Tom Goldenberg is chief technology officer at Commandiv, a combined stock and crypto trading platform providing investors with automated trade recommendations and rebalancing tools.
The New York Times economist Paul Krugman keeps bashing bitcoin. Why would you trade such a volatile asset, he asks, if it lacks fundamentals?
"So, bitcoin just lost half its value. Where does it now stand relative to its fundamentals? Hard to say, because there aren’t any fundamentals. More than ever, this looks like a pure bubble."
Let's take a step back. How important are fundamentals to investing? When dealing with public stocks, we have access to a broad array of company data – revenue growth, price-to-earnings ratio, etc.
From my own observation, I’ve seen that while fundamentals can be useful, they usually aren’t enough to decide which stocks to trade.
A few months ago, I saw that a trader asked the quant community on the investment-algorithm platform Quantopian to build a successful trading strategy with only fundamental data. The results were disappointing.
The resultant strategy underperformed the S&P 500 by 155 percent, prompting feedback from a moderator:
"Purely fundamental-based strategies tend to have long predictive horizons on the factors. Their infrequent nature makes them hard to evaluate as you’d have to wait years to develop enough sample points."
In other words, fundamentals are good, and there are surely some good strategies that use them. But many professional traders are looking beyond fundamentals to make trading decisions. So, the absence of traditional fundamentals from crypto shouldn't by itself be a deal-breaker.
Another way of assessing an asset's risk and potential reward is by looking at historical price data. We can do this with stocks as well as cryptocurrencies such as bitcoin and ethereum.
A key term when it comes to assessing price data is the Sharpe ratio. This is a score of the asset's return on investment over its volatility. The goal is to maximize this value. A good Sharpe ratio should be above 1.0, usually.
Because all of the cryptocurrencies have seen such massive returns, their Sharpe ratios will also be above 1.0, generally. However, some are more volatile than others. Using the Sharpe ratio as a tipping point, we can determine what the best blend of crypto assets is for a preferred level of volatility.
This is similar to how portfolio managers determine how to divide a portfolio into buckets of U.S. equity, foreign equity, and bonds. The right blend will minimize volatility for a desired return rate.
My business partner and I performed this type of analysis on a group of crypto assets, and found target allocations for each of the assets. If you're interested in doing this, there is a pretty good explanation here.
However, what we realized when we talked to more experts is that our research had some gaping holes.
For one, most cryptocurrencies don't have a very long history, meaning that the data is likely to be inconsistent.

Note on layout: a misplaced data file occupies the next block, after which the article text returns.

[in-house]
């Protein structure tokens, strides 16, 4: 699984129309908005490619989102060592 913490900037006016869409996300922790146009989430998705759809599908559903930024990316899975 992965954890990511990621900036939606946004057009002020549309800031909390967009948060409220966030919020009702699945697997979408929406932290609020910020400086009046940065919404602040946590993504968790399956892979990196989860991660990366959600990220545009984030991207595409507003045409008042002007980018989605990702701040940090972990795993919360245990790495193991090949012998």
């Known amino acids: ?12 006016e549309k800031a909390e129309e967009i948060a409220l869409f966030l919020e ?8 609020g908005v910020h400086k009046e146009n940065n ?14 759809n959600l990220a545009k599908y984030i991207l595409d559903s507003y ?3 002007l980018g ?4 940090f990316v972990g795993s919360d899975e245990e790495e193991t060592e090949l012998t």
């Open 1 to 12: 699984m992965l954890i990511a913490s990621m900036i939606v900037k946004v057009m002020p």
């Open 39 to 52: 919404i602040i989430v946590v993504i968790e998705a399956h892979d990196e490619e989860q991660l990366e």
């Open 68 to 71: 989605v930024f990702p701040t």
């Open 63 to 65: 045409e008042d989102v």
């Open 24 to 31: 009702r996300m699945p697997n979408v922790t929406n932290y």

Also, we noticed that all crypto assets were highly correlated with one another, something that was seen again in the latest crypto dip. Because of the high correlation, it would be hard to advise a particular allocation of assets.
Alternative ways of valuing crypto
Leaders in the crypto space are seeking alternative means of assessing a cryptocurrency's fundamental value.
Some current fundamentals being proposed for crypto assets are:
- Network value-to-transaction ratio (NVT) – this measures the amount of traded volume as an indicator of how actively used it is
- Daily active users (alternatively, daily active addresses, or DAA) – how many users use the crypto asset in transactions on a monthly basis?
- Supply-demand economics applied to crypto assets via monetary theory
Finally, when we think about longstanding cryptocurrencies like bitcoin or newer initial coin offerings (ICOs) and altcoins, there is always qualitative assessment. This means different things for different people.
Some avid crypto traders claim that they have the key traits to look for. These can include:
- Looking at the core team behind the project and assessing their suitability to solving the particular problem
- Looking at the white paper behind the token or crypto asset and assessing whether the proposed problem and solution make sense
- Seeing how other blockchain enthusiasts speak about the project, including crypto experts
Ultimately, these are not foolproof, though. Some crypto influencers have started offering "white paper as a service" to companies, and many shill endorsements in exchange for some kickback.
My partner and I were even approached by someone who thought we should do an ICO. In his explanation, he explained how to present all of these aspects in the right way. Then he closed, "The blockchain part is not that hard. I can show you info." Caveat emptor.
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